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"A Civil Action" -- An Everyday Drama at the EPA for Md.

Release Date: 1/20/1999
Contact Information: Ruth Podems, (215) 814-5540

Disney’s new film, "A Civil Action", playing at theatres nationwide, may leave moviegoers wondering what the EPA is doing to protect drinking water near their homes.  

"A Civil Action" dramatizes the lengthy and complex lawsuit surrounding the contamination of drinking water wells in Woburn, Massachusetts and the subsequent illnesses, including eight childhood leukemia deaths, among the families living there.

Problems like Woburn were the reason Congress created the Superfund in 1980, and gave the EPA authority to address health risks from improper disposal of hazardous waste.

In 1990, the EPA negotiated a landmark $69.45 million settlement for the cleanup of municipal wells G and H, the sources of the contaminated drinking water in Woburn.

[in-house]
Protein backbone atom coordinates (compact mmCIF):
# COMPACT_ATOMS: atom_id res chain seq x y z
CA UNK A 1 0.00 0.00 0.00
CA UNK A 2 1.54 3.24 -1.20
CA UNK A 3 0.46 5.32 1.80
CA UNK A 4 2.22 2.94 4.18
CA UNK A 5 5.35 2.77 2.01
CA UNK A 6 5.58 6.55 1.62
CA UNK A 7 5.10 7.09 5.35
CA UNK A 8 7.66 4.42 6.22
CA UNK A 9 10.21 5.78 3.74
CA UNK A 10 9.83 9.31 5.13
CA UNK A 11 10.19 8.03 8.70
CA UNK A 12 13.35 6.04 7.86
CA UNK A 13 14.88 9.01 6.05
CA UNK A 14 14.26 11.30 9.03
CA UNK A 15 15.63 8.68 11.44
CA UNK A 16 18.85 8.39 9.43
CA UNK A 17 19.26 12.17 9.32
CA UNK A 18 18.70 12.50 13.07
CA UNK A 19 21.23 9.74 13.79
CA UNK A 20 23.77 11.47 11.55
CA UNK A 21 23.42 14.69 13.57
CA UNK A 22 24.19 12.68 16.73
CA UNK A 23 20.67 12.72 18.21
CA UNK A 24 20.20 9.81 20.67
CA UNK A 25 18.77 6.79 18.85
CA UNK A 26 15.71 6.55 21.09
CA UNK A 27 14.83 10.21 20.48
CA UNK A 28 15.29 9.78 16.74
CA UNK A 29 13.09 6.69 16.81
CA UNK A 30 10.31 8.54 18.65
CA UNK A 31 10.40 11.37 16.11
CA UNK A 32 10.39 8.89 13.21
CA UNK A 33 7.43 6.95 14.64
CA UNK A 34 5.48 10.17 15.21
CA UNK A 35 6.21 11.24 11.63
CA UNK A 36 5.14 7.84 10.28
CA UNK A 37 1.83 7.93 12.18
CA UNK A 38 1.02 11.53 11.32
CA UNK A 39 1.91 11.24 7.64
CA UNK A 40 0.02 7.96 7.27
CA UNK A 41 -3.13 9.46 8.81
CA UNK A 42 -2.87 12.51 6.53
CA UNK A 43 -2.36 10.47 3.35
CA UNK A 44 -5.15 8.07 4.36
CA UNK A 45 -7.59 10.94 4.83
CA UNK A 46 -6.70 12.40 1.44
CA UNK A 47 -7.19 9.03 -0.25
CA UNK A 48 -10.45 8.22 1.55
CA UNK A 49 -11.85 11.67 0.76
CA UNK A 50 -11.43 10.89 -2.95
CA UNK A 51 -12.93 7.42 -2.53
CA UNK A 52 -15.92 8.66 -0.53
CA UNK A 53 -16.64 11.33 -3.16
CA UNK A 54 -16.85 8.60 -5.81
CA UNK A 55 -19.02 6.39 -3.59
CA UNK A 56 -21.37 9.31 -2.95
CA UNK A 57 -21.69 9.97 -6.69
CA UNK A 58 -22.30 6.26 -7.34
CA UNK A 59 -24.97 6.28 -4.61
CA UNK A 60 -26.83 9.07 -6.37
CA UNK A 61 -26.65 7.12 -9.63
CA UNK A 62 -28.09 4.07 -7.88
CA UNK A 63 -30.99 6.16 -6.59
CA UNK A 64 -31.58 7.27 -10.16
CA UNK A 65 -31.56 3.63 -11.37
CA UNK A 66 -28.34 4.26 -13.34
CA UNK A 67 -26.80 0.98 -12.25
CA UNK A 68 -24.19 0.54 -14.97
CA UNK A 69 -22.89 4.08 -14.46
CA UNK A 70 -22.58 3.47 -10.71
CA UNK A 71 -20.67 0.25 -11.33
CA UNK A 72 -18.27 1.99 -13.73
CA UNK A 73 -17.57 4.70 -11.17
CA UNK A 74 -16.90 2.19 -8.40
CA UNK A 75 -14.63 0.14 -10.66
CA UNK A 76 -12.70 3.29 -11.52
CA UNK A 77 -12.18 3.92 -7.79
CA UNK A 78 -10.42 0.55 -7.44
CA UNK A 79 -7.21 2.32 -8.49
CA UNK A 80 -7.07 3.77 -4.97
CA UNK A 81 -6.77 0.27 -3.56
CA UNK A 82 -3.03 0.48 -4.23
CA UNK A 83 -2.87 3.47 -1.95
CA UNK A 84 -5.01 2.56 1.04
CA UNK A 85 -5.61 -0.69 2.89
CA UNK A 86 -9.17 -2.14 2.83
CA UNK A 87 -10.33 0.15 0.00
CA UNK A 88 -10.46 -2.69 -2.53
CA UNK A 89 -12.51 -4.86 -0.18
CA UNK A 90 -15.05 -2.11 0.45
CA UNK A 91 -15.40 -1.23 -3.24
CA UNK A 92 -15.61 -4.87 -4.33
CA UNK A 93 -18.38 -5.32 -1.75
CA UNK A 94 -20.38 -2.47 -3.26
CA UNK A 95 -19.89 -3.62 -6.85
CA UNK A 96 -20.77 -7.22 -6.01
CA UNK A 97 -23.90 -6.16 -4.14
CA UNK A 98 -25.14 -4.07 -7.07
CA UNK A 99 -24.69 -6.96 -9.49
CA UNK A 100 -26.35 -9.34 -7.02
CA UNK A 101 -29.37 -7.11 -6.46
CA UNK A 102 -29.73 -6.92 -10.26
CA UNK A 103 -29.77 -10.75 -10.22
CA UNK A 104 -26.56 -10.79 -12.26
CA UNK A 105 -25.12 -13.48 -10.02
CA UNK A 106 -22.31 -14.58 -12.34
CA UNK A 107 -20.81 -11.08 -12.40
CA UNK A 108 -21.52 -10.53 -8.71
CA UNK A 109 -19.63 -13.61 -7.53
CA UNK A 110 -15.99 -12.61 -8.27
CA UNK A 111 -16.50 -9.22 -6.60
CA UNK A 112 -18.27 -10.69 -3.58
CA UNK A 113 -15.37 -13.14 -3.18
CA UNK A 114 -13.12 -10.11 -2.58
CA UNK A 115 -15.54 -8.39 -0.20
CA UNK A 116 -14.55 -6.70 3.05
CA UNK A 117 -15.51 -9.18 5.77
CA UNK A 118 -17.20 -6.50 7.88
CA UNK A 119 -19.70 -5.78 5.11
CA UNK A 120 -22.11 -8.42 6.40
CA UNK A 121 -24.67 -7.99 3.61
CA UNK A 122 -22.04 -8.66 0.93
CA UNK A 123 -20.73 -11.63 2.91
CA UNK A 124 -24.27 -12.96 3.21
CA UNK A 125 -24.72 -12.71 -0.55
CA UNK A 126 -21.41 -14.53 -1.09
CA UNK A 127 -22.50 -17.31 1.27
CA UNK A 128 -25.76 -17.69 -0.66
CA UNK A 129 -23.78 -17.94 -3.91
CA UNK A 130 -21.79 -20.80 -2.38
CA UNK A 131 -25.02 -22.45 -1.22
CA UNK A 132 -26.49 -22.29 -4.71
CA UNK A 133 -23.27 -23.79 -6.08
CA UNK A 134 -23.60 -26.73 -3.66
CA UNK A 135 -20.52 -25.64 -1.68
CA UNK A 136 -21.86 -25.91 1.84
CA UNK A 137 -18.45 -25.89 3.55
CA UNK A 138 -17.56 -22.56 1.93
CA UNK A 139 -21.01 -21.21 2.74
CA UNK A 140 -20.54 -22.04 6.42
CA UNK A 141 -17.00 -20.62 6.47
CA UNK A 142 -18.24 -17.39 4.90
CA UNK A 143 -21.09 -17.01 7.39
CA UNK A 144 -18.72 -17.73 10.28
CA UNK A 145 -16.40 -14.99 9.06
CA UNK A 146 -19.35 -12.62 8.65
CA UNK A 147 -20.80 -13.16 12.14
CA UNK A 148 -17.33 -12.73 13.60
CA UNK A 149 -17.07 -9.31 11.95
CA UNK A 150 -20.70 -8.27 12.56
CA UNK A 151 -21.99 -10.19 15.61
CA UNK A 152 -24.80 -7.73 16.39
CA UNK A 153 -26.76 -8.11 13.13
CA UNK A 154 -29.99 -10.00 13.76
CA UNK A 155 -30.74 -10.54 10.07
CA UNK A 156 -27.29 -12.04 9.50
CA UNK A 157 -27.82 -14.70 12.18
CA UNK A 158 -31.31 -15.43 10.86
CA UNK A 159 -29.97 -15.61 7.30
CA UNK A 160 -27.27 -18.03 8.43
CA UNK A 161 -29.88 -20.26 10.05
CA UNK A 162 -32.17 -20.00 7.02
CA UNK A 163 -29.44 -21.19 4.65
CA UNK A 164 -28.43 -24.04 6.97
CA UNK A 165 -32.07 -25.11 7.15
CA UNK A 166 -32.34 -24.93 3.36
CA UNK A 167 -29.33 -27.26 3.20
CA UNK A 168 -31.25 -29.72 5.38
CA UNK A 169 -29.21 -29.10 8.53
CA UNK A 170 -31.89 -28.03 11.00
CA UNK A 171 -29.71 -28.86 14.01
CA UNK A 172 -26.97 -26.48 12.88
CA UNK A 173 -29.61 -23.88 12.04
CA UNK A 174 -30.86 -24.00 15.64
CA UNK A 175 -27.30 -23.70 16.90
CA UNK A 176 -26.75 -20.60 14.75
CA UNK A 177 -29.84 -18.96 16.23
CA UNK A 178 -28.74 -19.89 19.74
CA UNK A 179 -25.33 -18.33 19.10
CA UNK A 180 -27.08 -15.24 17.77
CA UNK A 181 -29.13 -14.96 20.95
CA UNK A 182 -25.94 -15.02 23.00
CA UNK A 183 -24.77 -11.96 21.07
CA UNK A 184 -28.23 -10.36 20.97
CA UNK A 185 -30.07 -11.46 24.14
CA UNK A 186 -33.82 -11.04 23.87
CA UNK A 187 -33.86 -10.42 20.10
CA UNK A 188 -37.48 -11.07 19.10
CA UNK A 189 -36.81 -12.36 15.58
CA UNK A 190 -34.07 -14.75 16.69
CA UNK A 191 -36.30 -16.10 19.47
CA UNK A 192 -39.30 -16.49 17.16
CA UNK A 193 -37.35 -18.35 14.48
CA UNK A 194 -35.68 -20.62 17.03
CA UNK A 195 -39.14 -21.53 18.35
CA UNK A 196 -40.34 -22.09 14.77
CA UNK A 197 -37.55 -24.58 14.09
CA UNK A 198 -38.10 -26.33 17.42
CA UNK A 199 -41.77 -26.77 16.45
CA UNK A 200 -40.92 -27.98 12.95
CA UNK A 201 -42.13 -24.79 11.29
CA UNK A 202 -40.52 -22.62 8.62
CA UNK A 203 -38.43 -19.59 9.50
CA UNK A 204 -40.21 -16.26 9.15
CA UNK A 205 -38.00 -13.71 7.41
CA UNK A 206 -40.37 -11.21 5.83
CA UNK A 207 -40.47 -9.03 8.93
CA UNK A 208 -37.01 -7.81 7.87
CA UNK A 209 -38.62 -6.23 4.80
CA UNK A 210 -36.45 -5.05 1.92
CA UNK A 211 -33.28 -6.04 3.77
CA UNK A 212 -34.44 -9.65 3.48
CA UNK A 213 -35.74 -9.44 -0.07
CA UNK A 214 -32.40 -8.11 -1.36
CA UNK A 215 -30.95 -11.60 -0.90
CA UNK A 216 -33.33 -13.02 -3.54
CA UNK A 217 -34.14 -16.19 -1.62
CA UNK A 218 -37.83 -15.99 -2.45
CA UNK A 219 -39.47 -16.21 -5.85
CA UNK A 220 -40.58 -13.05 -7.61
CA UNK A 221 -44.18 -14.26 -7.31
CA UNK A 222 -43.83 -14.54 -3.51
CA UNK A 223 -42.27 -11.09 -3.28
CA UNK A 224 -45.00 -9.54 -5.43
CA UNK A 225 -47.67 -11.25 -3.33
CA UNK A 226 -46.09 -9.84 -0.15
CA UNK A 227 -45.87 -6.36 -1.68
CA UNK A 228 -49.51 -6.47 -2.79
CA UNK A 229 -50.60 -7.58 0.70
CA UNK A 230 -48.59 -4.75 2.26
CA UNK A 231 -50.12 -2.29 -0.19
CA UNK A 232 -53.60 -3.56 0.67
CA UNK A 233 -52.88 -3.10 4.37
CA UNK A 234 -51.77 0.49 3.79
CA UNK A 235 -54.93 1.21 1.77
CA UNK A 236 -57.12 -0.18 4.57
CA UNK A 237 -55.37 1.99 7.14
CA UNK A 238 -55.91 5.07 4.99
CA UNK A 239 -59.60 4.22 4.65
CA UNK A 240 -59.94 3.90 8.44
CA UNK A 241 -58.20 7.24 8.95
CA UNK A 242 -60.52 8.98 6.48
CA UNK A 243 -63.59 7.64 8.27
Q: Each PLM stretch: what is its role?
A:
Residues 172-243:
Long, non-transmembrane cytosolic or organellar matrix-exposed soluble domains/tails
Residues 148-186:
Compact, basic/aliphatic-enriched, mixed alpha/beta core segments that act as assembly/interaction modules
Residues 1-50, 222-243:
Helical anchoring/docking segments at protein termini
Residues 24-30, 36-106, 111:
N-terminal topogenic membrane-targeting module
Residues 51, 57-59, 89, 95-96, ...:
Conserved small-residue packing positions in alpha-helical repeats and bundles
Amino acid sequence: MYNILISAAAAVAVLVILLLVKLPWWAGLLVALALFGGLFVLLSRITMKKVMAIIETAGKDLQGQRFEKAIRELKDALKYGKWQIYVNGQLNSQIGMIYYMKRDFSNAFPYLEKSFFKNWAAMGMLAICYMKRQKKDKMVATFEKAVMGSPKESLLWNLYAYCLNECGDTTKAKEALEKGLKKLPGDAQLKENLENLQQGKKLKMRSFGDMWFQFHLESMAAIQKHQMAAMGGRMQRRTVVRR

According to the settlement, the parties responsible for the cleanup -- W.R. Grace & Co., UniFirst Corp., New England Plastics, Beatrice Co., Wildwood Conservation Corp. And John J. Riley, Jr. -- must decontaminate their properties, finance EPA’s oversight, perform a study of the area surrounding wells G and H, and reimburse the EPA for past site investigation costs.

The conflicts and challenges played out in the movie are part of everyday life at the agency charged with protecting America’s environment and public health, including drinking water.  

The EPA approaches the problem of potential drinking water contamination from many angles, including the cleanup of Superfund hazardous waste sites, such as Woburn; the protection of groundwater from leaking underground petroleum storage tanks; and a new regulation that says water suppliers must provide annual reports to customers on the quality of each community’s public water supply.

As of the end of 1998, the EPA’s mid-Atlantic regional office provided drinking water to nearby residents at 80 Superfund sites where contaminated water was not potable.  (Site attached list.)